This project focuses on the systemic extraction of resources from the land that has taken place in Pennsylvania for the last two hundred years, specifically anthracite coal and slate, and the landscapes that emerge as a result. They are an exploration of the current state of the landscape and its relationship to its own past and to our future. Much of the land in Schuylkill and Northumberland Counties was at one time heavily used for anthracite coal mining but has been largely out of use since the 1960s. The years of mining have left the landscape in a state of upheaval with its surface torn, scarred, and redistributed into rock piles, barren boulder fields, and massive craters. The remnants of the industry, however, remain and new marks are made upon the land as it is repurposed for recreational use. Overlaying the tracks of massive dump trucks and bulldozers are the smaller, delicate tracks of dirt bikes and four wheelers taking advantage of the seemingly abandoned nature of the land.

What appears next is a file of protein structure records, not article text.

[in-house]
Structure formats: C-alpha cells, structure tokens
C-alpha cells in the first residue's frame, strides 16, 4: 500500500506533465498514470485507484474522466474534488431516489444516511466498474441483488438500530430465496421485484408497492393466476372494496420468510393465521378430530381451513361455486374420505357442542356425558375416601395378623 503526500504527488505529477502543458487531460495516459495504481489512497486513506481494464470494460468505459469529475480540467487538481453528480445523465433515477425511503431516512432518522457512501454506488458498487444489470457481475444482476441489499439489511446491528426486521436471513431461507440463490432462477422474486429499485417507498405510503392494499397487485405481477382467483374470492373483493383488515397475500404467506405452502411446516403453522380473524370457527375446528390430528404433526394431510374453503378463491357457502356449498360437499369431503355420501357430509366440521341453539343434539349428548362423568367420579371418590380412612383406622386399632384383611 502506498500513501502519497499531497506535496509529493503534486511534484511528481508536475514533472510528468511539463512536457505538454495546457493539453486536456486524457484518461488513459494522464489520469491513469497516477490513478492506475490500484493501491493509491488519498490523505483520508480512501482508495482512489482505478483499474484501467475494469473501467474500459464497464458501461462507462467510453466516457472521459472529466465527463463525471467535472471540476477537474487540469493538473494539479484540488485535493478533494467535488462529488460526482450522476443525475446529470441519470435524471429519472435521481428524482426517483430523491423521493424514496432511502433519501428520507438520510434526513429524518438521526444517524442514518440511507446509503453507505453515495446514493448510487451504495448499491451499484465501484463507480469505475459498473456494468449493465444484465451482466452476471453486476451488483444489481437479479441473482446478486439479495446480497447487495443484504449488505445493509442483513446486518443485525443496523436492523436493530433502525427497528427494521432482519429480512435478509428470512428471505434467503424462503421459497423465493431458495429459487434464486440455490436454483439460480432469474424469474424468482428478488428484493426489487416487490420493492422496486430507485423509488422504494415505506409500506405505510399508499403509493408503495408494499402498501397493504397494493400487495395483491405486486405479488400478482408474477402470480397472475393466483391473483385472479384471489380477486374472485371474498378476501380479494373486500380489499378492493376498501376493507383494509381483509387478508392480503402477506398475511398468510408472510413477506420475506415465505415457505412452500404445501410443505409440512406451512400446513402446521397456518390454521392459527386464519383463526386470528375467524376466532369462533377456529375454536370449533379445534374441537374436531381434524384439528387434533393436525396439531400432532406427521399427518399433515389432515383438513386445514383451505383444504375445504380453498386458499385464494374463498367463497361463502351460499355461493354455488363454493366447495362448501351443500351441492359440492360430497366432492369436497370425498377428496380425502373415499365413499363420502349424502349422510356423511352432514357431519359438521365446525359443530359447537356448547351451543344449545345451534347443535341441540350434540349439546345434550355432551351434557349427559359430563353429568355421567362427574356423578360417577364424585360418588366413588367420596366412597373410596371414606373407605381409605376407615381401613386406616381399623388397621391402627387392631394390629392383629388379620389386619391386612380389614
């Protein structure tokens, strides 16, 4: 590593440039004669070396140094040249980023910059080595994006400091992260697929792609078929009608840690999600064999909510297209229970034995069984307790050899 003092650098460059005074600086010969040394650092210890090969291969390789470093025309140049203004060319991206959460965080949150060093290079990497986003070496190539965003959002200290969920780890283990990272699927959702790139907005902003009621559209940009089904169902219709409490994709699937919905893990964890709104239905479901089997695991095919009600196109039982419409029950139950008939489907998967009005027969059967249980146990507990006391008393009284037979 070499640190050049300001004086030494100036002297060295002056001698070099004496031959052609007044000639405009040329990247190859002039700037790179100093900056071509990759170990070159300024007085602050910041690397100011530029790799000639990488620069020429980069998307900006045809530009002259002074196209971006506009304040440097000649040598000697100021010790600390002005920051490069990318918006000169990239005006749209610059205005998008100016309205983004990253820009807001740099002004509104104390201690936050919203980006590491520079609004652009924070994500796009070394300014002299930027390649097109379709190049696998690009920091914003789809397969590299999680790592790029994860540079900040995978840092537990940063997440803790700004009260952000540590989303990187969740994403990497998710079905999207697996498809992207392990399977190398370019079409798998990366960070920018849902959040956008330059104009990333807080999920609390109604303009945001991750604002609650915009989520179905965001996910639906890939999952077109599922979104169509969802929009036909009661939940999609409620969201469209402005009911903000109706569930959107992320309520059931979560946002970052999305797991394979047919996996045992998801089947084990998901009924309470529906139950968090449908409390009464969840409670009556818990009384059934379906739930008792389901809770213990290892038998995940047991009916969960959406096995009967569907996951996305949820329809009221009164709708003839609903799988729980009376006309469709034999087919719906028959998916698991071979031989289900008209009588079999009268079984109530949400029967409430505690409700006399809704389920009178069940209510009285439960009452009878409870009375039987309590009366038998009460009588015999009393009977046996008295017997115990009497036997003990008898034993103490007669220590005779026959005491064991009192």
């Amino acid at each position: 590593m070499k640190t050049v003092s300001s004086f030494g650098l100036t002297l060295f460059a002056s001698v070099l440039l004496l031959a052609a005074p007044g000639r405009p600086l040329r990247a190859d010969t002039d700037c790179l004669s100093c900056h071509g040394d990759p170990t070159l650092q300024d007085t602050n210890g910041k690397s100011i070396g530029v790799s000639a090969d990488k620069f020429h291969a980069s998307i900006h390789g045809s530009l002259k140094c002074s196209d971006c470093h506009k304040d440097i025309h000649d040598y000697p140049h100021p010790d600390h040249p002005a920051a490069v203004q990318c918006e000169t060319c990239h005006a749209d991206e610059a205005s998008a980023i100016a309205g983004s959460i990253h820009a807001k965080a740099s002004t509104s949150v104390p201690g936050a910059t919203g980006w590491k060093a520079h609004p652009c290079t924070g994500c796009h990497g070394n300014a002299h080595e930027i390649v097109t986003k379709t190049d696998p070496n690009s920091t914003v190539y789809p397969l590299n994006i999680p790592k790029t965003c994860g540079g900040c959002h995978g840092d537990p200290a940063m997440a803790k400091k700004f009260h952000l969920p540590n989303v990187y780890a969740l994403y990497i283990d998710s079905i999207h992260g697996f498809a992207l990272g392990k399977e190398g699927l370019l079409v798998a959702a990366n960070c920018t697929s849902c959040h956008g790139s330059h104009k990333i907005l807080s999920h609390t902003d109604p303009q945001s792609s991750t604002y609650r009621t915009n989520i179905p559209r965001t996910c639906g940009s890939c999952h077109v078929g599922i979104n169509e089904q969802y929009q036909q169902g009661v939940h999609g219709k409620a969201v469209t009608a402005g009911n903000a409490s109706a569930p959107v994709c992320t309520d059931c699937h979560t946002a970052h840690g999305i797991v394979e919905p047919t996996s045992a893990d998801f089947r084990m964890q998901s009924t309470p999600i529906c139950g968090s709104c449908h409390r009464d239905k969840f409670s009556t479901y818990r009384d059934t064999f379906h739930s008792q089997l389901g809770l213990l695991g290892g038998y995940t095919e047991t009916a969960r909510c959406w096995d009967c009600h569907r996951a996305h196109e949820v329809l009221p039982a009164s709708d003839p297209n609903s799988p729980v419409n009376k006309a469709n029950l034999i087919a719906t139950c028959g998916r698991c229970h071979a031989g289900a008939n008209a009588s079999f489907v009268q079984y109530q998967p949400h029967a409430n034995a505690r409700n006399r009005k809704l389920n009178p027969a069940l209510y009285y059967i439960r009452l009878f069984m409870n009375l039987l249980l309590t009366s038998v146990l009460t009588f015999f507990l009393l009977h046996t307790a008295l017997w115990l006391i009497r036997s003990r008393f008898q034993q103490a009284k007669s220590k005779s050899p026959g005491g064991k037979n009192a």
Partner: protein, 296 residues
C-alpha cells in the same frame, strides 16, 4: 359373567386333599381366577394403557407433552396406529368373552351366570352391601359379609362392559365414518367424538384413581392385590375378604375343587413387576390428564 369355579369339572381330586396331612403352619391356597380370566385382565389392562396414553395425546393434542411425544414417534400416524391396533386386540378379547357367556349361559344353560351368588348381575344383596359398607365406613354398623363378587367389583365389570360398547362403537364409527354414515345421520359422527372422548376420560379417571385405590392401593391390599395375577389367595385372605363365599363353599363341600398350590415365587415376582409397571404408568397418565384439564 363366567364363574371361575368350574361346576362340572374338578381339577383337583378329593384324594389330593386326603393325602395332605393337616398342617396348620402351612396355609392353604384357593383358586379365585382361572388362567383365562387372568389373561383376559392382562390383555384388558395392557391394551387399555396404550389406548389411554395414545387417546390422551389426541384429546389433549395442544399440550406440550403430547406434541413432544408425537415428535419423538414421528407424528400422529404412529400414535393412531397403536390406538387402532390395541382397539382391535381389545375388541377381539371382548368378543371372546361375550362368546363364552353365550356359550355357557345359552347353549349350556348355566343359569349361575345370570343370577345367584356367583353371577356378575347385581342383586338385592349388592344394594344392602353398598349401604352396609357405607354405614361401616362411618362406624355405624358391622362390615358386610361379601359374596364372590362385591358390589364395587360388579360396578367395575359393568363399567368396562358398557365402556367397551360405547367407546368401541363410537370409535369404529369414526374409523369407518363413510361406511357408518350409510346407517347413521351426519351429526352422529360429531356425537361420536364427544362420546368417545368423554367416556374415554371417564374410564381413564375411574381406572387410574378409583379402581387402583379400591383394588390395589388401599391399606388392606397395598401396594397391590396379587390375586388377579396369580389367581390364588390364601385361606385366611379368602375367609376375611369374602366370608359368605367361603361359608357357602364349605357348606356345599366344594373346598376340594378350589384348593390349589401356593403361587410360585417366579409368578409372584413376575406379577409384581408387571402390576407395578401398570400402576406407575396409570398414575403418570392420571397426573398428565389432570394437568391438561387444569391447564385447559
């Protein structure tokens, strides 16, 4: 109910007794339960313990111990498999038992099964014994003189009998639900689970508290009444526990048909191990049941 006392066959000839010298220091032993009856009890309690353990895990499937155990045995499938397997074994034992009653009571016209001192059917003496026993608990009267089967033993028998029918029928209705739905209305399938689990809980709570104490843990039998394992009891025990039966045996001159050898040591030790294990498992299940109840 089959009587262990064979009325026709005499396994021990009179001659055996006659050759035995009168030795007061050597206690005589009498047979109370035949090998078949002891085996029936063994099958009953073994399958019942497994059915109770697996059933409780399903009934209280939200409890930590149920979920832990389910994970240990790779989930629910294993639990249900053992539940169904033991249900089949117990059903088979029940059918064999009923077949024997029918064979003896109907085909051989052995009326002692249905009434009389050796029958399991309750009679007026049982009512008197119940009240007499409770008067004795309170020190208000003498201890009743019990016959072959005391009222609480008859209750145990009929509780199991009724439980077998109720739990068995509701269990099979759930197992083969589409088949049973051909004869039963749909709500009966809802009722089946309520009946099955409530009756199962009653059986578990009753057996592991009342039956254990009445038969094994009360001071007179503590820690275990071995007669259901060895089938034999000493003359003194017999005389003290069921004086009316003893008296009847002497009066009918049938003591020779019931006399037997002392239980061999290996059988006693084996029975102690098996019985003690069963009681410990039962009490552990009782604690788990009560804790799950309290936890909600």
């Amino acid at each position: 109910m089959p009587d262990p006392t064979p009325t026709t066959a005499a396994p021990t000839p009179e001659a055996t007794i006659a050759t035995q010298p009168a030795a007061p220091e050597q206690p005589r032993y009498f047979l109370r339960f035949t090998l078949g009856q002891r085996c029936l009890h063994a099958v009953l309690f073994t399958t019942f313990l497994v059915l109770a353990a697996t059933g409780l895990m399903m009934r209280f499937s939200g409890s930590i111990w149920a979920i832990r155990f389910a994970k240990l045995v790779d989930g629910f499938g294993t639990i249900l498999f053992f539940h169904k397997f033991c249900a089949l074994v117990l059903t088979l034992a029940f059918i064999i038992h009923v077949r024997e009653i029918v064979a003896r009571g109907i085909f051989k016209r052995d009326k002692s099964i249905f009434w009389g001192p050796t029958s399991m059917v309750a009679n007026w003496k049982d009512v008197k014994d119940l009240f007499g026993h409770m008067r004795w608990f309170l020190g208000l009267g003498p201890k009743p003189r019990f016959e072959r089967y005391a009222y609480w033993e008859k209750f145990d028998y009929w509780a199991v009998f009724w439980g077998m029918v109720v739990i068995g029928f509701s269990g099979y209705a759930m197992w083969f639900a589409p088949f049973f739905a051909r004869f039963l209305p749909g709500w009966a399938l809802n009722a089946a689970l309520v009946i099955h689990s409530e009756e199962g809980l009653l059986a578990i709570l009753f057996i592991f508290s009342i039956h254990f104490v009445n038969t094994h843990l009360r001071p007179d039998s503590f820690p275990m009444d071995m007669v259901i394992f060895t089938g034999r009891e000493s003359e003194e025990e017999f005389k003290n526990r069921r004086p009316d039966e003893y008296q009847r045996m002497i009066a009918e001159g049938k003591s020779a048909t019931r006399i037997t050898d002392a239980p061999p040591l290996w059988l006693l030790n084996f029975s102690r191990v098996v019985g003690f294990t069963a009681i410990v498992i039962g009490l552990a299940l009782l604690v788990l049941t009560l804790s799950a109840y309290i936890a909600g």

Another facet of the project is focused on Northeastern Pennsylvania, home to the once thriving Slate Belt, 24 square miles of quarries that at one time, produced half of all the slate used in the United States. After asphalt roofing shingles replaced slate ones in the 1920’s, demand dropped and many mines closed leaving behind massive rain-filled open quarries and slag piles of waste slate. Much of the quarry pits and machinery have been left as if waiting for miners to return back to work. This portion of the project explores both active and abandoned slate quarries and examines the contrasting blight and beauty of open pit mining. We have drastically altered the land and given it a new topography that has little semblance to its former self and has remained frozen in this state long after industry left.